Seed-stage deal volume in Québec has not budged over the last two quarters and has generally sat between nine and thirteen each quarter since Q1 2019. The early-stage ecosystem might look stable, but Haffar believes Québec’s pool of capital for early-stage firms is “consistently too small to sustain long-term success,” adding that the province should be seeing at least triple the early-stage deal volume than it is currently.
Haffar said the success of many of Québec’s later-stage companies, such as Lightspeed, Sonder, Dialogue, and Alayacare, may have created “an illusion in the market that the ecosystem is self-sustaining” and no longer requires substantially more investment in the pre-seed and seed stages.
“Thus, we’re seeing that the total amount of investments and dollars deployed in these stages are stagnant and not nearly at the level they need to be to create a healthy long-term ecosystem for the region,” Haffar added.
Early-stage funding in Québec in the second quarter was comparable to Alberta’s, which saw seven early-stage deals in Q2 2022. Alberta is home to a younger and smaller (but quickly growing) tech ecosystem compared to more established ecosystems like British Columbia, Toronto and Québec. “Longer term, this deal deficit at seed will create another illusion, one that [Québec] has too few fundable later-stage companies in five years’ time,” Haffar added.
Québec tech startups need to watch their language
Like the rest of Canada, Québec-based startups face several economic headwinds in the coming quarters, including rising interest rates, record inflation, and less-than-favourable valuation resets. However, Québec may also face a unique obstacle: the fallout of Bill 96.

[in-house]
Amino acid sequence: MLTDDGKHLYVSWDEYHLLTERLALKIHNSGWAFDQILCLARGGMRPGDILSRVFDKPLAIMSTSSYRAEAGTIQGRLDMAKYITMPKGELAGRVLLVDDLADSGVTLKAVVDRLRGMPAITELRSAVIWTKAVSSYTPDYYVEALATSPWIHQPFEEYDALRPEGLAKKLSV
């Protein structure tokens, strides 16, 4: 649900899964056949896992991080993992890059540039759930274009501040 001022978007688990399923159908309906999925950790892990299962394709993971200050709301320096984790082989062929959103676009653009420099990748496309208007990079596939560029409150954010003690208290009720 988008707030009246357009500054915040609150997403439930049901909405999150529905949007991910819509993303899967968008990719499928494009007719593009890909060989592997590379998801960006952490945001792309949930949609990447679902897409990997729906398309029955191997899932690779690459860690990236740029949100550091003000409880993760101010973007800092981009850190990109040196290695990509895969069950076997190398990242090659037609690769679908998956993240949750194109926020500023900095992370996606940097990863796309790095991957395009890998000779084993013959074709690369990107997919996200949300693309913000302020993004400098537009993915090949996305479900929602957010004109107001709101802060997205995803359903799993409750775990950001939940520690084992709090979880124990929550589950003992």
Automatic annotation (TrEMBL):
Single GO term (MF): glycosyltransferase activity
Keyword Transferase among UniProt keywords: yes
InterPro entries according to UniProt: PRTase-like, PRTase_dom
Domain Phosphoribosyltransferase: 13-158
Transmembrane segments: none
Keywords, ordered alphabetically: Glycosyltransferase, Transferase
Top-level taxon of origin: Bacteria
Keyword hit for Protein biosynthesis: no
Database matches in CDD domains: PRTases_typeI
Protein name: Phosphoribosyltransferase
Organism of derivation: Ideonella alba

Passed in Québec’s National Assembly in May, Bill 96 introduced new requirements around the use of the French language, including on websites, in marketing materials, and in contracts. The bill also requires government officials to speak exclusively in French with Québec immigrants six months after their arrival in the province.
Tech leaders from across the province have expressed concern over how the new requirements will impact tech companies and their ability to onboard talent and scale, with the Canadian Council of Innovators recently penning a letter to warn the province this legislation could “do enormous damage to the province’s economy.”
“Bill 96 is creating some level of fear and uncertainty among talent and CEOs,” Haffar added. “It may also create less appetite for US investors to lead rounds in companies headquartered in Québec down the road due to the potential restrictions in operating.”
In light of the many economic obstacles ahead, Lalancette said it’s important that Québec startups embrace the new reality, make hard decisions sooner rather than later, and maintain a long-term perspective.
“It’s likely that the recovery will take a while, I don’t know how long, but the key for entrepreneurs is to create optionality,” Lalancette added. “I do think many category-defining businesses are being built and will punch through whatever is coming at us.”
BetaKit is a briefed.in Tech Report media partner.